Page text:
14 Jul 2021 | Feature stories |
#TheOpen Flashback: Baker-Finch in the zone at Birkdale
by Dane Heverin
The Open Championship and greatness go hand in hand, so it is rare that an Open champion does not regard themselves as a great player.
Ian Baker-Finch, the 1991 Open champion, believes that he was a “good player”, but “the great players are those who are top-10 in the world year after year after year”.
However, there is no denying that Baker-Finch achieved greatness on a warm English weekend at Royal Birkdale thirty years ago.
“I actually hit the ball great that weekend,” he told Inside The Ropes.
The Queenslander commenced his round on Saturday four shots off the leaders, but a six-under round of 64 quickly catapulted him into a share of the lead.
He played near-perfect golf and he managed to continue the momentum the next day.
Birdies on five of the opening seven holes to shoot 29 on the front nine turned Sunday afternoon into a victory procession.
He slowed on the back-nine to finish the final round with a four-under 66.
But it did not matter, the damage was done earlier in the day.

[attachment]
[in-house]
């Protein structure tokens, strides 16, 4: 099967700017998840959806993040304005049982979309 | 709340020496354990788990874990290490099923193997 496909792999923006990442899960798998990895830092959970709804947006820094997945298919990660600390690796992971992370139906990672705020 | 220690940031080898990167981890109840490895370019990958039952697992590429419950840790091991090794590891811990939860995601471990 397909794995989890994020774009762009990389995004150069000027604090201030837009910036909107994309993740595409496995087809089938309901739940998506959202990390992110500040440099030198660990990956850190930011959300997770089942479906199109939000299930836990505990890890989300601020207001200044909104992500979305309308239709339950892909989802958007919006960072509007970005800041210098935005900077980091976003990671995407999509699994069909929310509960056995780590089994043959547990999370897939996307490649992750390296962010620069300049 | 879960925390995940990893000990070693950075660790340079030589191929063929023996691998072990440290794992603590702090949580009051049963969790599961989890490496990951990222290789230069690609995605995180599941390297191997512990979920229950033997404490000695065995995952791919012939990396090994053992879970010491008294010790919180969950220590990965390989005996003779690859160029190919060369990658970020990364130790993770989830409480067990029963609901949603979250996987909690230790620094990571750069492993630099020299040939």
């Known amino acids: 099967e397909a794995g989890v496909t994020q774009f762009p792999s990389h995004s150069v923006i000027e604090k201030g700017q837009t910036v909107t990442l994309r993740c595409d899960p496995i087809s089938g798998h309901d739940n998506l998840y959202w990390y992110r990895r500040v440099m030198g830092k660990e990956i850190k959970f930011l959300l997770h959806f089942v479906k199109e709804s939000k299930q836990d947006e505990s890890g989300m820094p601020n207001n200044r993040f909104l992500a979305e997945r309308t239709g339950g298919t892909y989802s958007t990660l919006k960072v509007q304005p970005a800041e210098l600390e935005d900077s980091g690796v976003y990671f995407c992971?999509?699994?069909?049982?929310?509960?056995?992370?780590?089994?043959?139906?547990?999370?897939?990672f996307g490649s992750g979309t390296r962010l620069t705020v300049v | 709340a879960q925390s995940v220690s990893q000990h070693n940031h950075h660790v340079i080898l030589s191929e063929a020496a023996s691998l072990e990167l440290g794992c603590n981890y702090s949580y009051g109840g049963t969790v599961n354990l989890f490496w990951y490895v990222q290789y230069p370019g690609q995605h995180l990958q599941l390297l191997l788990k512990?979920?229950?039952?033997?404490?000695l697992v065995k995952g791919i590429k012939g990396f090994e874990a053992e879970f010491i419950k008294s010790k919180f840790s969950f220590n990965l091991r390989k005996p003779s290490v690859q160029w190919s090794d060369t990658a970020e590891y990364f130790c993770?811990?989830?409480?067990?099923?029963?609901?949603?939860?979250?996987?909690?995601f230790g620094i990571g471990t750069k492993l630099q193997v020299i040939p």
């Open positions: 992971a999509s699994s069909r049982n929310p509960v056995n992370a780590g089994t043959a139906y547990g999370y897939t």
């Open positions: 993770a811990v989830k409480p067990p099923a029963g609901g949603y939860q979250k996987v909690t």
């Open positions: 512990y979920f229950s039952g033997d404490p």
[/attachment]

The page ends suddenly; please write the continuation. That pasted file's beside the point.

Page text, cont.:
Top spot on the famous yellow scoreboard read ‘72, -8, Baker Finch, 272’.
The champion finished two shots clear of compatriot Mike Harwood.
Craig Parry and Greg Norman also placed in the top-10 to make it a great week for Australia.
While his countrymen played well, Baker-Finch found another level.
His caddie, the legendary Pete Bender, described the Sunday as like riding the champion racehorse Secretariat - all he had to do was stay on and it was going to win.
He was in the zone and his visualisations that day may have inspired the shot-making features of golf video games.
“It was like an iridescent white line, it was really creepy,” he said.
“In my pre-shot routine, I’d be over the ball and I’d look down from the ball to the target and it was just a bright white line straight to the flag and the flag was lit up.”
“I’d had that sometimes on the greens in the past, when I’ve putted really well where I could see a channel to the hole.”
It is a feeling that most athletes will never have.
“To do it that one time in a major is very special,” he said.
To remember that feeling the Florida resident opts against watching his victory on YouTube, instead he chooses to reflect.
The Open is actually a “rare week off” from broadcast commitments for Baker-Finch.
Unsurprisingly, he uses the downtime to watch the current crop of players - many of whom he has great relationships with - in The Open.
When he gets away from the television, time around the house means occasionally setting eyes on old memorabilia - namely the Claret Jug and his iconic pink shirt - and casting his mind back to 1991.
Although, he likes to focus more on the latest player to taste success.
“I always cheers out of the Claret Jug to the new champion on the Sunday night, something appropriate depending on the nationality of the winner,” he said.
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